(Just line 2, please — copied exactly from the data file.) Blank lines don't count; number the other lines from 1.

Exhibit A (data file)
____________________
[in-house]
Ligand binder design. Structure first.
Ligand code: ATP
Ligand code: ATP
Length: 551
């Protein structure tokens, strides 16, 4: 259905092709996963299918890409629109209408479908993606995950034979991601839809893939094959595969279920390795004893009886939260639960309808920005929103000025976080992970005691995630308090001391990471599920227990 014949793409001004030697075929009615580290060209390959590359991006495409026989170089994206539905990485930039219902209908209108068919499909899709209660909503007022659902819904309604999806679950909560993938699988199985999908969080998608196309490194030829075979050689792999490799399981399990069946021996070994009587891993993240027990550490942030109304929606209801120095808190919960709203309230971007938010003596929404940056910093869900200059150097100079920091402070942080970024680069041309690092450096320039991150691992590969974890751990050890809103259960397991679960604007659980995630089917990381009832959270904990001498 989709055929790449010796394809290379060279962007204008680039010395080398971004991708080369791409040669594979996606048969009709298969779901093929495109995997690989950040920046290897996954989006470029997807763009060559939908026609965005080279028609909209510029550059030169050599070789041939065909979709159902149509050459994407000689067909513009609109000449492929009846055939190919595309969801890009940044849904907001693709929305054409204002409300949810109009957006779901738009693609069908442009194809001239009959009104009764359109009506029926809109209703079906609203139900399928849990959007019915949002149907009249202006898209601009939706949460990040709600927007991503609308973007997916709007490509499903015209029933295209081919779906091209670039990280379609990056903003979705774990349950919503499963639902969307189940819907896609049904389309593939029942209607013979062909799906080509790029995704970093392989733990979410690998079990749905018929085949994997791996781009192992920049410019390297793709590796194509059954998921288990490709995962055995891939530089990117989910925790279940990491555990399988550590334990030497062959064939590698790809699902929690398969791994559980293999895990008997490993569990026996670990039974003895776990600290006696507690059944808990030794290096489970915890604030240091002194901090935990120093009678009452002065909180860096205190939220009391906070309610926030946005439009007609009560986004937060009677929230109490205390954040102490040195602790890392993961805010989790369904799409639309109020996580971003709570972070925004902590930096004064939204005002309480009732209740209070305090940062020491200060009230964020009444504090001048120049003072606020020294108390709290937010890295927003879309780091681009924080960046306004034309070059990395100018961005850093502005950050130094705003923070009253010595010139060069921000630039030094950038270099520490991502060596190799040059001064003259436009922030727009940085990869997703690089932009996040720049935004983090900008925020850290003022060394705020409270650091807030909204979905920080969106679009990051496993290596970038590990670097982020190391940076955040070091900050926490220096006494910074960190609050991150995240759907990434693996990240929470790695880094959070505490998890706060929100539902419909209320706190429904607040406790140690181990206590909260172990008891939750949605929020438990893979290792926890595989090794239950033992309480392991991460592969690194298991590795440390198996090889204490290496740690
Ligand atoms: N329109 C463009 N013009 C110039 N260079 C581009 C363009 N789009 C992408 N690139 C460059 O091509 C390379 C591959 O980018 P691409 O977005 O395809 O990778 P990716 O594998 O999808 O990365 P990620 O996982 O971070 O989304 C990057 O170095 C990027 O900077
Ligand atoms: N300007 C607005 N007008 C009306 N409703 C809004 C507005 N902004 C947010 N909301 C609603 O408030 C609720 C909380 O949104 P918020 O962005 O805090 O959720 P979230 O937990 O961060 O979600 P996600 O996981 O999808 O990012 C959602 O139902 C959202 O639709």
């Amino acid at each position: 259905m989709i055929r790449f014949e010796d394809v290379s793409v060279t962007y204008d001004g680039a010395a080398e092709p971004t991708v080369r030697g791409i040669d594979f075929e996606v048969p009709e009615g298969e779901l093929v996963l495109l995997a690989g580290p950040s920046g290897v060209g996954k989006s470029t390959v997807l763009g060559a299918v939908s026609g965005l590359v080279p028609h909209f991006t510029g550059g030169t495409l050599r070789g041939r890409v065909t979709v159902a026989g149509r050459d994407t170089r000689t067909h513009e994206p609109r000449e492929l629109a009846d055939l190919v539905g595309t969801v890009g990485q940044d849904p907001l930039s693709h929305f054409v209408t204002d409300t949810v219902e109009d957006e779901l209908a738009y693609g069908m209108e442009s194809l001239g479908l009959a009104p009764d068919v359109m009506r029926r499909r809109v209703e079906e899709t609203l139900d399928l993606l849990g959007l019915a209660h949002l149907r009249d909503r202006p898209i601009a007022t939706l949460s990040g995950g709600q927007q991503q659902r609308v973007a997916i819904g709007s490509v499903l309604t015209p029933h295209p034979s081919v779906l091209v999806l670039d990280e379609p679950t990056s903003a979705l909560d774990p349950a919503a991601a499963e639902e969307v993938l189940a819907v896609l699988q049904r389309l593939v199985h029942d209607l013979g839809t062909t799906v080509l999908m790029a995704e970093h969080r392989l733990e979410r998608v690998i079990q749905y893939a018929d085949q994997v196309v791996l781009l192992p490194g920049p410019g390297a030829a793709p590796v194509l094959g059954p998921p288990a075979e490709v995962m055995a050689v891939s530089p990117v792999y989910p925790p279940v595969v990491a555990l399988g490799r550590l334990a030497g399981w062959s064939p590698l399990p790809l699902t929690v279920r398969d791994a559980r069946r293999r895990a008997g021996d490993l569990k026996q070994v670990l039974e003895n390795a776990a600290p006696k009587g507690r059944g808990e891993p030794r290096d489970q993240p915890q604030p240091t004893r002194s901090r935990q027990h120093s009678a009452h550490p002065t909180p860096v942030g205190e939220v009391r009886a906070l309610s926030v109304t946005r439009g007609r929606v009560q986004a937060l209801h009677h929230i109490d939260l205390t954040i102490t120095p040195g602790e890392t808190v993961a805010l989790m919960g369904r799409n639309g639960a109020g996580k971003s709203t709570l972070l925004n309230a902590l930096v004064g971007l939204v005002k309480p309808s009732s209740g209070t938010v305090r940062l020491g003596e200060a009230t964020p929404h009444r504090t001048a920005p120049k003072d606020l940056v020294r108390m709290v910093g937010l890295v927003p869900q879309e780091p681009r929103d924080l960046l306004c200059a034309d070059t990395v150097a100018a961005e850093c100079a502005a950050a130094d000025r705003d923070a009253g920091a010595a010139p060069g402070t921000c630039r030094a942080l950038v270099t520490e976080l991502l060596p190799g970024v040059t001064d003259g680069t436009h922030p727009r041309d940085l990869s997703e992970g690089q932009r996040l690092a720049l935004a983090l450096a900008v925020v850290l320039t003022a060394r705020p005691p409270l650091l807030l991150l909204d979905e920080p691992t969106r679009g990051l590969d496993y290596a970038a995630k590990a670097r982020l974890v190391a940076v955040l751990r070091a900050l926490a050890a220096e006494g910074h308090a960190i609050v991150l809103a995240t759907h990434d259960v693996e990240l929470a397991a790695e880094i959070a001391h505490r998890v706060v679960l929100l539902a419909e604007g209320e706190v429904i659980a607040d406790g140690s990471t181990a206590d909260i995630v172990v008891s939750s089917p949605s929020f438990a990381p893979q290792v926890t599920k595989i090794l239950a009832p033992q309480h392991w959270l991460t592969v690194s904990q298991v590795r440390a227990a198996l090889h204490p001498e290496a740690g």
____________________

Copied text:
Ligand binder design. Structure first.